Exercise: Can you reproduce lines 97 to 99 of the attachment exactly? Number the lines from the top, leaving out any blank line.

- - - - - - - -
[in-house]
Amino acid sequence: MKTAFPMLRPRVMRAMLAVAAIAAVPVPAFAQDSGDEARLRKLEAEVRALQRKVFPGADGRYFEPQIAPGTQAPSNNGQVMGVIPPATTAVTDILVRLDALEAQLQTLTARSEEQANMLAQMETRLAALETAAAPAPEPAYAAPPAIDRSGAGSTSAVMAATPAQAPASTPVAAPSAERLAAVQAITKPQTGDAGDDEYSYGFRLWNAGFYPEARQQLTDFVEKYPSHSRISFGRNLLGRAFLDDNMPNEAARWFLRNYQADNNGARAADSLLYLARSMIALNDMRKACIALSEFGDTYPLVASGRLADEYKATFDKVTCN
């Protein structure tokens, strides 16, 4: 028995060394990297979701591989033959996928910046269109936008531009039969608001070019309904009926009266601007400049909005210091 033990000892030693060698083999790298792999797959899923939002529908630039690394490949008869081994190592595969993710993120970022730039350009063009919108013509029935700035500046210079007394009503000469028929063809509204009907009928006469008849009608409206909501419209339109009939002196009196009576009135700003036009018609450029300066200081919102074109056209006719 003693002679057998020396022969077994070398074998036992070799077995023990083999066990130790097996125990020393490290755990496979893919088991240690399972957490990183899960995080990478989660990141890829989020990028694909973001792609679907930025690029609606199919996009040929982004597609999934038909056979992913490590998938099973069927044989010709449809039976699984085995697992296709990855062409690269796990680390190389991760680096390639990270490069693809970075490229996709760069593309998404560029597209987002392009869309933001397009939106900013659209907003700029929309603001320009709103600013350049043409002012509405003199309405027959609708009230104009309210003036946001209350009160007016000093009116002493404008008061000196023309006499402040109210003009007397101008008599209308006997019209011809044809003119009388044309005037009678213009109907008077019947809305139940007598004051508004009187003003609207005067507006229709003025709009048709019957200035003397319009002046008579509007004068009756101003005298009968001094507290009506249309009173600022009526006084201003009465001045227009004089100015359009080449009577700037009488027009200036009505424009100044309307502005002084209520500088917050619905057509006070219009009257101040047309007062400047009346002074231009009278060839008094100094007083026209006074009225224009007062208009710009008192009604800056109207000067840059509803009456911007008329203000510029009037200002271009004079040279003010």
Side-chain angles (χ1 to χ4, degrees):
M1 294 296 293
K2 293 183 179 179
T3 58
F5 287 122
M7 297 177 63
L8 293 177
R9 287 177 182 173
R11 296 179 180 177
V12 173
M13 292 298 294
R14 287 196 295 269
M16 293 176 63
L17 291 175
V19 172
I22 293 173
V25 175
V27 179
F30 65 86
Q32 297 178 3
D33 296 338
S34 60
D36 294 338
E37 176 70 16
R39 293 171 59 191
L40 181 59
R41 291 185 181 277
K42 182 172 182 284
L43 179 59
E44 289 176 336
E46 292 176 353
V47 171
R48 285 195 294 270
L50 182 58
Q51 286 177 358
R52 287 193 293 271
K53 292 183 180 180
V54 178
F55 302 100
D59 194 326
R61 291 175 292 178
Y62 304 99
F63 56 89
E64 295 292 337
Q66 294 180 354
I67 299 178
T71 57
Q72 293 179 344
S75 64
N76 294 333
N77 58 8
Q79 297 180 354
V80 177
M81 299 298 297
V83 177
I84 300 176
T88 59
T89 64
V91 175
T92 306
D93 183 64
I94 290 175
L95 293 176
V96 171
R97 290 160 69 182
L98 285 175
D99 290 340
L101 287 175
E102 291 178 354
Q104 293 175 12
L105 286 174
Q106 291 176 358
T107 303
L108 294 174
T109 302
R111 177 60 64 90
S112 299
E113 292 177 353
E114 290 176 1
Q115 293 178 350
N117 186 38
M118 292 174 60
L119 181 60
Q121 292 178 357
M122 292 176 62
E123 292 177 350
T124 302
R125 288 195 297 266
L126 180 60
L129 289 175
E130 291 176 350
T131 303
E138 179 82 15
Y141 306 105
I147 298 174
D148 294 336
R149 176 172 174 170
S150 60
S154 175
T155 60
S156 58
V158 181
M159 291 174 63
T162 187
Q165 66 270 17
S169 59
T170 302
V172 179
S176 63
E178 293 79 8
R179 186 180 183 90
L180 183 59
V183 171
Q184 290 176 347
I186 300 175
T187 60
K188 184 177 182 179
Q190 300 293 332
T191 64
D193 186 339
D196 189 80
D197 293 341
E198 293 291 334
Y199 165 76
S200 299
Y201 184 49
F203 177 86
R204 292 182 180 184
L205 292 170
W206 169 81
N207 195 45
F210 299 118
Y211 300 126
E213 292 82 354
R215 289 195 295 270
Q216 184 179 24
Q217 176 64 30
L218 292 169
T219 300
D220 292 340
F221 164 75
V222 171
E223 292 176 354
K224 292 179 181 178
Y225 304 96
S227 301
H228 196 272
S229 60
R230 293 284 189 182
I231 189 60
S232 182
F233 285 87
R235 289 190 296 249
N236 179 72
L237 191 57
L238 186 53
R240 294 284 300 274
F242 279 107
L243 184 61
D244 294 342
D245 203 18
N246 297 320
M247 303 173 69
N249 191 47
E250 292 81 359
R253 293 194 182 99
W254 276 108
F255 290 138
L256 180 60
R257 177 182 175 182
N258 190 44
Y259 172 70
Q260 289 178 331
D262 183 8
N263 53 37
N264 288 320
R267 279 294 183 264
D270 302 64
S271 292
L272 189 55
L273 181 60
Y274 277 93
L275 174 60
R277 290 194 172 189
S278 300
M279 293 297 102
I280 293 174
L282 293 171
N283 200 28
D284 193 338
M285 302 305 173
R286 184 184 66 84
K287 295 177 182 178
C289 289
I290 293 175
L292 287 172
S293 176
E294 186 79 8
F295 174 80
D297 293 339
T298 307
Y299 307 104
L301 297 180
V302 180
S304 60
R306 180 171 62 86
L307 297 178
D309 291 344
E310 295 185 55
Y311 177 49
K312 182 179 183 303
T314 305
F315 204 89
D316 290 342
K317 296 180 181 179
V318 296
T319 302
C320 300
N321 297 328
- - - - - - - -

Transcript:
Y141 306 105
I147 298 174
D148 294 336